"Legislature looks for new energy definitions

The State of Indiana plans to take a closer look at its recycling strategies and goals, according to a recent amendment to a Senate bill.

Senate Bill 154 originally directed the Environmental Quality Service Council (EQSC) to expand the definition of recycling to include waste-to-energy. This method would permit the state to burn recyclable materials produced in Indiana and classify it as recycling. The bill has been changed, however, and will now simply direct lawmakers to commission a study on whether or not waste-to-energy can qualify as a form of recycling.

Although rule-making is the most prominent point in this bill, Sandra Flum, a director of the Indiana Department of Environmental Management, said that waste-to-energy will still be discussed when the topic of recycling comes up in the committee. The bill now states that the EQSC will “study and make findings and recommendations concerning … the goals, funding, markets and structure of recycling in Indiana.”

Under current Environmental Protection Agency standards, waste-to-energy is not currently considered a form of recycling. Advocates of waste-to-energy would like to see that changed, claiming there is a type of recycling created because burning waste minimizes the amount of garbage in landfills and produces heat energy that can then be used to heat buildings or create electricity.

Recycling advocates, however, are concerned that burning technologies will reduce the number of Indiana residents who practice traditional methods of recycling and mislead them to believe it will solve energy problems. “While the idea of waste-to-energy sounds appealing because of the energy crisis, it doesn’t make sense to me,” Melissa Kriegerfox, president of the Indiana Recycling Coalition, said. “Whatever we’re burning is taken from resources again.”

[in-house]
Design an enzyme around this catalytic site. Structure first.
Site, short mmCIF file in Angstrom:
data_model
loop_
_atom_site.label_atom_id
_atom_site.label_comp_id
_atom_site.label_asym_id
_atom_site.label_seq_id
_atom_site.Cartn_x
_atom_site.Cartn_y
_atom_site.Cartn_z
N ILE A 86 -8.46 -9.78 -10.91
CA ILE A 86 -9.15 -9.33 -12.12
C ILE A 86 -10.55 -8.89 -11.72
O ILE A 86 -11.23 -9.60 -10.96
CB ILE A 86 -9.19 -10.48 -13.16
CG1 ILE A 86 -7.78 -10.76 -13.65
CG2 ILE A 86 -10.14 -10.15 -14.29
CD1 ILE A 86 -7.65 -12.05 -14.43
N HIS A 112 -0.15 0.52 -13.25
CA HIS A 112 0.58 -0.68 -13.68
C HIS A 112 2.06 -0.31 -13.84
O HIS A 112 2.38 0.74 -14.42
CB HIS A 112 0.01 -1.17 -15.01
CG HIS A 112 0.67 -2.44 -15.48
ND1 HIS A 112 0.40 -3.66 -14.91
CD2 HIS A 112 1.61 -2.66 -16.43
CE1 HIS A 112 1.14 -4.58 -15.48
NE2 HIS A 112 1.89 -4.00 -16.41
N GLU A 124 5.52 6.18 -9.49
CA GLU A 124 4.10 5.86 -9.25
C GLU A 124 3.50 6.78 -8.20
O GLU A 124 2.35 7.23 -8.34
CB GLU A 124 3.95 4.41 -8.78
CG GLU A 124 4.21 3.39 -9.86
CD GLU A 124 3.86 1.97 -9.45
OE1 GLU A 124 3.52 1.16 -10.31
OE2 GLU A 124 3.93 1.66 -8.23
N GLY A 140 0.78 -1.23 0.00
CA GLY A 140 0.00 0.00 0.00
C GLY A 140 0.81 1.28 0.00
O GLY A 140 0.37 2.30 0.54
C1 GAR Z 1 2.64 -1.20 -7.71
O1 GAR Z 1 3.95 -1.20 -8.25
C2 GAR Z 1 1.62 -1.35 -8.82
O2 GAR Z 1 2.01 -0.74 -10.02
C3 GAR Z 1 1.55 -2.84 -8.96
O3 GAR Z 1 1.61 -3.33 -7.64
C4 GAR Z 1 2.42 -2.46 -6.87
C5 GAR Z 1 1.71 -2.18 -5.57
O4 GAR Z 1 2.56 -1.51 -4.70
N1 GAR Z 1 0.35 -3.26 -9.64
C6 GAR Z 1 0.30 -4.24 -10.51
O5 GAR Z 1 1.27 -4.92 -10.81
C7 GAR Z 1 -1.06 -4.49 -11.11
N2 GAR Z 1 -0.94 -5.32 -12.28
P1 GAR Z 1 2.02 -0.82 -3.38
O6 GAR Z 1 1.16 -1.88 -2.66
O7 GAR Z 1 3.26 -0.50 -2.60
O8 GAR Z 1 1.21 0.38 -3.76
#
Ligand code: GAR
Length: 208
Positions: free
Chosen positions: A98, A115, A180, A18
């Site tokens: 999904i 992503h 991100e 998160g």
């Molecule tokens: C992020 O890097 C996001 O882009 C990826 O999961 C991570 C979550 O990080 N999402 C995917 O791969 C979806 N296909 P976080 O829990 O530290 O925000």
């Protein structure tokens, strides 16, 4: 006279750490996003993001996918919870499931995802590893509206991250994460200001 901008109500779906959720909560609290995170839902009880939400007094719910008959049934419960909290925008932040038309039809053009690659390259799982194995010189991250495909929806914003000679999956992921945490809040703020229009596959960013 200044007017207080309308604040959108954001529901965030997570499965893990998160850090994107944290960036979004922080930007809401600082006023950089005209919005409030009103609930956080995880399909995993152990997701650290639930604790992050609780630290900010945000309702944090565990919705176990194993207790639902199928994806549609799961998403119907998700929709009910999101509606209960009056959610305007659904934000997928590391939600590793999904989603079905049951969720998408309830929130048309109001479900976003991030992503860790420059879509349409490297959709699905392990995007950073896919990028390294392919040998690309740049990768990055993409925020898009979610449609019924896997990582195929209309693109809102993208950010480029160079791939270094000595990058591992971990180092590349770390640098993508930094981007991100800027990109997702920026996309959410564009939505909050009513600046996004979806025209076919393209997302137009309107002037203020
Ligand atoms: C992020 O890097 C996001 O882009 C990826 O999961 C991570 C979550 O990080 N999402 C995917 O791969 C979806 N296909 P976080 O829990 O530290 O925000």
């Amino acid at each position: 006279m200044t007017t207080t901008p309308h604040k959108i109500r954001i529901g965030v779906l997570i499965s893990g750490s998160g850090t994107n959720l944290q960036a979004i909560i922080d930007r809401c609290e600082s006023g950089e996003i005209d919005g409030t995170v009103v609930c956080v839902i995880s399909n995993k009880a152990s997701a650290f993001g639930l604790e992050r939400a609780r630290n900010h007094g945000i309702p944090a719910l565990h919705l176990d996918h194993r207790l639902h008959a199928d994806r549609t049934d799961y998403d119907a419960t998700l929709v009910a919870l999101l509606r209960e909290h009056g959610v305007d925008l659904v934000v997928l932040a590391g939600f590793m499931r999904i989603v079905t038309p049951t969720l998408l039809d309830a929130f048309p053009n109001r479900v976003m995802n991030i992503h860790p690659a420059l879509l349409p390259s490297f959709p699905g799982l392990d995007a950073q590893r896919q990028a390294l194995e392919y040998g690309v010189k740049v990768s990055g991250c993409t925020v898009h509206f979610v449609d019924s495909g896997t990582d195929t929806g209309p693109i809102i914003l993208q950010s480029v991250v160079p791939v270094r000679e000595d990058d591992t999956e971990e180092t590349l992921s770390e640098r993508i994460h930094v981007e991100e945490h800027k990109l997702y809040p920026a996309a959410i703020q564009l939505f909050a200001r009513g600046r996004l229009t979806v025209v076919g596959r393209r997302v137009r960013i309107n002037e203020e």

Incinerators that produce energy by burning waste act as a final method of disposal Kriegerfox explained. When plastic is burned, more plastic has to be made using up petroleum. When plastic is recycled, it reduces the amount of petroleum used to produce new plastic. Petroleum is a nonrenewable resource. Burning paper has the same impact. If paper is recycled, deforestation is minimized. But if it is burned, more trees must be cut to produce new paper.

A more recent bill has been introduced to provide tax relief for individuals and companies that practice waste-to-energy. Bill 496 states that a taxpayer be eligible to receive credit for any investment made to purchase or operate a waste-to-energy facility or equipment. Kriegerfox said that IRC is “keeping an eye on it [Bill 496]” as more action is taken.

“Our issue isn’t for or against waste-to-energy, but that they aren’t considering using recycling funds for such projects and proposing change to the solid waste hierarchy,” Kriegerfox said. “This bill doesn’t do any of those things.”

For more information on recycling visit www.defendrecycling.org. To better understand how the bill process works visit www.in.gov/idem/rules/involved.html. And to keep up with Bill 154 visit www.in.gov/apps/lsa/session/billwatch/billinfo.



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